Karlien van der Schyff
| Whiteness and Africanness as pure adventure in Witboy in Africa
Title: Witboy in Africa: Diary of a Troublemaker
Author: Deon Maas
Publication date: April 2010
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The title of Deon Maas’s travelogue, Witboy in Africa, creates the expectation that the narrative will, to some extent, reflect the white travel writer’s questions surrounding whiteness and African identity as he travels through Africa. This initial expectation is strengthened the moment one opens Witboy in Africa and reads the epigraph, taken from the Transkei Cowboys’ “Afreakan”:
Just because I am white skinned
Dont make me European
I dont know Jan van Riebeeck
I dont believe in parliament
I didnt vote till ‘94
So stop breaking down my front door.
Even the first chapter, titled “Two Africans in New York: Harlem, 2002”, further strengthens this expectation when it quotes a black South African as saying: “My white friend here is African. Black Americans are not” (1).
However, this initial expectation could not be more wrong, for Witboy in Africa is anything but a political book concerned with political questions surrounding racial and national identities. In fact, the subtitle, “Diary of a Troublemaker”, is a much more accurate caption for a book in which the author is constantly getting himself into the most thrilling, unbelievably fantastic and occasionally life-threatening adventures.
Maas’s anecdotes are fascinating, witty, mischievous, often rather far-fetched, and occasionally deeply alarming. His travels include managing Lucky Dube’s Rwandan tour, driving his wife and three teenage boys all the way to Malawi in a Mercedes, and making the very first reality television programme in Nigeria. He tells of meeting mercenaries and illegal diamond smugglers in Rwanda, of joining Nigerian oil thieves as they baled buckets of crude oil from beneath a pipeline they had ruptured, of observing pirates operating off the coast of Madagascar and then being surprised by an irate pirate with a panga, of getting very high and utterly paranoid in a Kigali hotel room, of clubbing in Lagos with the Nollywood superstar Chidi Mokeme and, most disturbingly, of walking into the bushes surrounding a roadblock on the road between Gisenya (in Rwanda) and Goma (in the DRC) to relieve himself and coming upon the body of a man with “a small, round hole in the centre of his forehead” (34). The only unifying thread tying Maas’s diverse anecdotes together is his humorous, irreverent tone and unremitting search for adventure.
Why, then, would Witboy in Africa start with such a strong claim about whiteness and African identity, when its main themes seem concerned only with obtaining enough alcohol, avoiding boredom and having outrageous adventures while, almost coincidently, travelling through Africa? In the foreword, Maas writes that the act of writing the book “made [him] think about identity and race”, since his “travels have taught [him] that in Africa race is regarded as extremely important” (viii). However, his account of his travels rarely reveals either the self-reflexive quality of the foreword or the initial question surrounding racial identity, being far more noteworthy for its entertainment value and for Maas’s skill as a storyteller. It is only in the afterword that Maas returns to the question of whiteness and African identity, ending the book with a short reflection on Africanness. “Are you entitled,” he notably asks, “to call yourself a white African without sounding as if you are making a political statement?” (204).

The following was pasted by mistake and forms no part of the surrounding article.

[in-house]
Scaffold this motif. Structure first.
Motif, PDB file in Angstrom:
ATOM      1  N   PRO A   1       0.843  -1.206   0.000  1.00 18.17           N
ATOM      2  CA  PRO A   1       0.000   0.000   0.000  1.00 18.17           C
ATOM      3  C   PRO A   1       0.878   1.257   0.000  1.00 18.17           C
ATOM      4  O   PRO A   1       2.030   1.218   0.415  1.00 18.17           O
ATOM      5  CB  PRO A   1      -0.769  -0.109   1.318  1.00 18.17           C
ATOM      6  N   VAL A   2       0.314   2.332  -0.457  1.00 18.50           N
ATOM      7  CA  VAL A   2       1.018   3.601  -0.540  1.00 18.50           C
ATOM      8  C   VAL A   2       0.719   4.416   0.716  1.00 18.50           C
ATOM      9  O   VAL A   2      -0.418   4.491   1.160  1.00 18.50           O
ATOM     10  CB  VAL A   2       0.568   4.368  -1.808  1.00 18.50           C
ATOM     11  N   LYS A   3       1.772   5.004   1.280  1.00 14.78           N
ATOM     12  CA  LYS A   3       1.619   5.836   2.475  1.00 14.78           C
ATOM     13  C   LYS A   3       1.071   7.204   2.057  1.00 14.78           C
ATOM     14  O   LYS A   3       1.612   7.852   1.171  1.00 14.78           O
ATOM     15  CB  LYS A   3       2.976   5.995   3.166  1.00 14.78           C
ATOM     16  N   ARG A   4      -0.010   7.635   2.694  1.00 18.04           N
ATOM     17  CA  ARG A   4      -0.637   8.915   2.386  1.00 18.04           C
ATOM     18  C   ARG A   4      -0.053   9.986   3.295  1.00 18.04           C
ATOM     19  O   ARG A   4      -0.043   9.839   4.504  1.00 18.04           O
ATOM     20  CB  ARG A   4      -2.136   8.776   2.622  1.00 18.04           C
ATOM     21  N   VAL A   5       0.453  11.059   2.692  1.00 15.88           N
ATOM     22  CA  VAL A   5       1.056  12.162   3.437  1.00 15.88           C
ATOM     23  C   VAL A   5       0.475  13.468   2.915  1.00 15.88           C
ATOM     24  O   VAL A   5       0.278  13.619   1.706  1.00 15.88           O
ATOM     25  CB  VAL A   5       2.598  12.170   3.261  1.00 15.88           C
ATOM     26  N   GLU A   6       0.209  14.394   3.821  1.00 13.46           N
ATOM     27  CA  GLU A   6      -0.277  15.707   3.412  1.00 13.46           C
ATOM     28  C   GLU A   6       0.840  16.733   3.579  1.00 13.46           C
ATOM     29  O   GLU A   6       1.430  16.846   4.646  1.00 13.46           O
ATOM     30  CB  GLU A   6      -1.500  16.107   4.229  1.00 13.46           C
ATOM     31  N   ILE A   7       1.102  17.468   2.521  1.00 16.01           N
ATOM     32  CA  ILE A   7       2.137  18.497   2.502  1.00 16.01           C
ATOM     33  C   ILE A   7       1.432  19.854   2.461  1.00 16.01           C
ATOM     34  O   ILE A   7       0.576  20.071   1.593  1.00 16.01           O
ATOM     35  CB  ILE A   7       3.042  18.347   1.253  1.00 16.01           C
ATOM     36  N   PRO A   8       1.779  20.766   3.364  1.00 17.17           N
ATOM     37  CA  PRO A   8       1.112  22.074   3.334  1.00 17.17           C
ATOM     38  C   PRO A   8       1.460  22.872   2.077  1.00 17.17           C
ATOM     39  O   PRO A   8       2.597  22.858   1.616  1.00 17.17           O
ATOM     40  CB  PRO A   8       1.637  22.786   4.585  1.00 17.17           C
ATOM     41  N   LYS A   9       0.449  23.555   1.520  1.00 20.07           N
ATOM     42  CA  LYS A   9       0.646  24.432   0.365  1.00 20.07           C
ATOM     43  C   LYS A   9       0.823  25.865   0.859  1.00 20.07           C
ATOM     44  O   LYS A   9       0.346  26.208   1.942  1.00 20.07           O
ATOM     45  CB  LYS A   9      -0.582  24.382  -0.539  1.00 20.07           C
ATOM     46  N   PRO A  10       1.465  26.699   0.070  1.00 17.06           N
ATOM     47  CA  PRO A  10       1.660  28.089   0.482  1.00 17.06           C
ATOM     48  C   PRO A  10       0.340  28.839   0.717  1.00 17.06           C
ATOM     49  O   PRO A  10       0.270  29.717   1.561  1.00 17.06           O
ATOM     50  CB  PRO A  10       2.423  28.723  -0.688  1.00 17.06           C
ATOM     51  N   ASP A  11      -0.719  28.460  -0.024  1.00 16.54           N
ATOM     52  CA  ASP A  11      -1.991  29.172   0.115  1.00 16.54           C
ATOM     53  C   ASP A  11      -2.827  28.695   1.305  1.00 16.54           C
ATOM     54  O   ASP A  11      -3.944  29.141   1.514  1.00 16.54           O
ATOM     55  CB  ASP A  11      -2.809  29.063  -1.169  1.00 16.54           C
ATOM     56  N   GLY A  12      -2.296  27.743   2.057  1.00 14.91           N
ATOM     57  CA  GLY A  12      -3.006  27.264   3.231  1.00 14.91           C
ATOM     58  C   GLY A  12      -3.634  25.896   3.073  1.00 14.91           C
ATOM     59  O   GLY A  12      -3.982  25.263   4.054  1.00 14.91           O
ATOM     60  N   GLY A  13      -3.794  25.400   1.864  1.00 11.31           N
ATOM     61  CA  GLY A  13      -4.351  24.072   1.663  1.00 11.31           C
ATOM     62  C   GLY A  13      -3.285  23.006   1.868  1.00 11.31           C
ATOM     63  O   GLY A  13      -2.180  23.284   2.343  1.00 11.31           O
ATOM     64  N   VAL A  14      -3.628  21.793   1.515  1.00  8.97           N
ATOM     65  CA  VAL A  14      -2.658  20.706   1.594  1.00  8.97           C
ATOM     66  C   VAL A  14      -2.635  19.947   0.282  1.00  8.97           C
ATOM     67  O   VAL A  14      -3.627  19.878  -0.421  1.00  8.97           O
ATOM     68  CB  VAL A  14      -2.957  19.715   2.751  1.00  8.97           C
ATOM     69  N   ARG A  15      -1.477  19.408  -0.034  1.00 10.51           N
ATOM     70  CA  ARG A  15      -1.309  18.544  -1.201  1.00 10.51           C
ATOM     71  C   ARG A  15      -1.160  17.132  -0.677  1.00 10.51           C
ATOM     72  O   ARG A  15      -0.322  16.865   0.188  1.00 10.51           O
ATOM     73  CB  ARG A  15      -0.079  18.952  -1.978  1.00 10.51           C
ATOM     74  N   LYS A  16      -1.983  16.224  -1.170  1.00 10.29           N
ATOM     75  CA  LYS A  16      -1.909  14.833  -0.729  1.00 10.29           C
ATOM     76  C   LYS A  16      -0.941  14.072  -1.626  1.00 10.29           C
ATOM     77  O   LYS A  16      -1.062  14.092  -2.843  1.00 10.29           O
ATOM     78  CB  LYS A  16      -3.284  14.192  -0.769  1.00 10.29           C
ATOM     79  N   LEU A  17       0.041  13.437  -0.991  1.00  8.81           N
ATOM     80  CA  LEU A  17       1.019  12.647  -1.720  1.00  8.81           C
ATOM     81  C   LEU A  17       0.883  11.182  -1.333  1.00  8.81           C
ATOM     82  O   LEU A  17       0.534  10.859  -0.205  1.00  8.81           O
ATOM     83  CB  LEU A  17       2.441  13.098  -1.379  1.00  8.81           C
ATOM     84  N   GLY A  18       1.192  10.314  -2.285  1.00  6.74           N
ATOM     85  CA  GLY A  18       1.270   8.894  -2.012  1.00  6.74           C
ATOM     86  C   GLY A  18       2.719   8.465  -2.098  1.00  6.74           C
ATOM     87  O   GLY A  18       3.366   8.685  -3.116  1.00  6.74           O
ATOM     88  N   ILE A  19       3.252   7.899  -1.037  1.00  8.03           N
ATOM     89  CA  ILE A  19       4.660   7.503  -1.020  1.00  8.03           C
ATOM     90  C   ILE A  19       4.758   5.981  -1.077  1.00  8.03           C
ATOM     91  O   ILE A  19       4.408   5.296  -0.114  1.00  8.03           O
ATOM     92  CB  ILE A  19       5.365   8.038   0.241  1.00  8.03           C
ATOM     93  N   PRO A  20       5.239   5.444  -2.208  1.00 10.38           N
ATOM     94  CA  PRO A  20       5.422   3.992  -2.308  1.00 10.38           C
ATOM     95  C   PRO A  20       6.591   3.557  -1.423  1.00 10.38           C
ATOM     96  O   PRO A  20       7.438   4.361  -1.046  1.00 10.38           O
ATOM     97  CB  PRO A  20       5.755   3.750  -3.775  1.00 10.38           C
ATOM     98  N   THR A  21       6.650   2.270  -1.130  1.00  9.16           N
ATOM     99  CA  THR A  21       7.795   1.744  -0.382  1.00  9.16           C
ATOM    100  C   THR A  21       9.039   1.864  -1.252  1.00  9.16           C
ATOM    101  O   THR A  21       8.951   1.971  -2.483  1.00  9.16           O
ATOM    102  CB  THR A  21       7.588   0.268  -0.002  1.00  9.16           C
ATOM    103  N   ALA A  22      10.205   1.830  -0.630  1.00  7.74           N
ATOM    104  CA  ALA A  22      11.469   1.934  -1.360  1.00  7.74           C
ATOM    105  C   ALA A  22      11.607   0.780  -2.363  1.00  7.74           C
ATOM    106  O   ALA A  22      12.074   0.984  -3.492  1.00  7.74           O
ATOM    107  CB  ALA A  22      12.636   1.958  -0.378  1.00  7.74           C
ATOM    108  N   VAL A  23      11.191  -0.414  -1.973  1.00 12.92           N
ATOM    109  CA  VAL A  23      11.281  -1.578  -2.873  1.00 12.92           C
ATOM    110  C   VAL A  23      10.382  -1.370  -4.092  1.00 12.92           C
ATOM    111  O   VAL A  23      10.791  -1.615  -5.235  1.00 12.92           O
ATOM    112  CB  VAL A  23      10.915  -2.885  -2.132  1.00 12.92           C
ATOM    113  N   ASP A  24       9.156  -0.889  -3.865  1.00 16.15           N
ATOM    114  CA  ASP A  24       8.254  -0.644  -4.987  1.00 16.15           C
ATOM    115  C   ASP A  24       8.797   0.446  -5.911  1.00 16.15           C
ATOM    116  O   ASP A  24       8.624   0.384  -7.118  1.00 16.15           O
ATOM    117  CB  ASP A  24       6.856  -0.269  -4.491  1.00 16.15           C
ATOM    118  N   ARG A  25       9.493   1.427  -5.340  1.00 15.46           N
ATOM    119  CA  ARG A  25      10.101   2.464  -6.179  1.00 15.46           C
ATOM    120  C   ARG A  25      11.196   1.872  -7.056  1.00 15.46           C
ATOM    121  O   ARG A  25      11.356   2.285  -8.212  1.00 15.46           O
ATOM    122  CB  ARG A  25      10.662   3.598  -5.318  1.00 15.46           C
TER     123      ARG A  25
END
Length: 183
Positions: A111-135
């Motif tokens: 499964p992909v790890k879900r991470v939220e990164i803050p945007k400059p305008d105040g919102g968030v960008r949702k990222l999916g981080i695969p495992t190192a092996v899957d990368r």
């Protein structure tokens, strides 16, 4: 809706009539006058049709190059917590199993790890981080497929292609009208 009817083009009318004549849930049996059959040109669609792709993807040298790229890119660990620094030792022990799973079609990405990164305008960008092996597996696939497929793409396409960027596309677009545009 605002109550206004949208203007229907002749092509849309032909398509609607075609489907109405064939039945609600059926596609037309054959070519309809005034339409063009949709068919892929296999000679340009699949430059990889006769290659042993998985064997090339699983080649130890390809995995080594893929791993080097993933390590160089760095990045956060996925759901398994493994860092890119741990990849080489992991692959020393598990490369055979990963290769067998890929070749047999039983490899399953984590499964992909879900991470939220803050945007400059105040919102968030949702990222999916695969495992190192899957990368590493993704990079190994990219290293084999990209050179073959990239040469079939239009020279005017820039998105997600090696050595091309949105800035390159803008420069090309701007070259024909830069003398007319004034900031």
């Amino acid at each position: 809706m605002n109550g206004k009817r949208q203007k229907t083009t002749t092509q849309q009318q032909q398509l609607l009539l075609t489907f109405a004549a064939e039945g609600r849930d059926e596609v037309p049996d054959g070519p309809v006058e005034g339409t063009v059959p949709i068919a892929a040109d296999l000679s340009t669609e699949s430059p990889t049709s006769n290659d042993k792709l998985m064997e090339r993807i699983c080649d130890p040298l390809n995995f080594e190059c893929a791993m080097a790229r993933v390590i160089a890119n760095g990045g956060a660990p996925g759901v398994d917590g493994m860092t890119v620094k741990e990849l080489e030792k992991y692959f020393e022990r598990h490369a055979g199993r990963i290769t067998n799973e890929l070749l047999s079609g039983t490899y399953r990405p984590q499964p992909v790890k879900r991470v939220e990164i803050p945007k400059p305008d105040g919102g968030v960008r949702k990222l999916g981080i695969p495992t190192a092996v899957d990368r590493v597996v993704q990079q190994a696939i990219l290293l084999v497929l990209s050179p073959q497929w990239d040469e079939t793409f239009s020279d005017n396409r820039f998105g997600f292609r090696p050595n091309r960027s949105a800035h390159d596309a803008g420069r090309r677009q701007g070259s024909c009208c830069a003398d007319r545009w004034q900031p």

For Maas, the answer is undoubtedly yes. He emphatically argues that he is “an African even though [his] skin is white” (203), but also notes how he constantly has to convince others of this point: “Unfortunately, my whiteness seems to be a problem, because everywhere I travel in Africa I have to explain why I call myself an African” (203). His concluding argument is that he did not see Africa through the eyes of the white travel writer, but experienced Africa simply “as an ordinary South African would”, claiming that “[i]f a black South African were to take a similar trip he would experience the same absurdities” (204).
One could, thus, argue that the political message of Witboy in Africa lies precisely in non-political stories about adventure and amusement – that for Maas, the white travel writer does not have to mull over questions of whiteness and Africanness, because he so strongly locates his own identity as an African in Africa. Evidently, he does not want his claim to Africanness to be a political statement at all. Maas concludes that “most [Africans outside South Africa] welcomed and accepted [him] as African. If only the same could happen in [his] own country” (205). Of course, being both white and African does not negate the implicit privileges that whiteness, whether Maas ever alludes to it or not, still entails; that, for example, Maas can honeymoon in Madagascar “where the annual average income is less than the cost of a meal in a local hotel” (44) and give the maître d’ a tip that “was more than his monthly salary” (59). Still, Witboy in Africa never pretends to be a political treatise on the subtleties of race and identity in Africa. It is an amusing, engaging and compelling travel book written by a master story-teller that cannot fail to leave readers immensely entertained.
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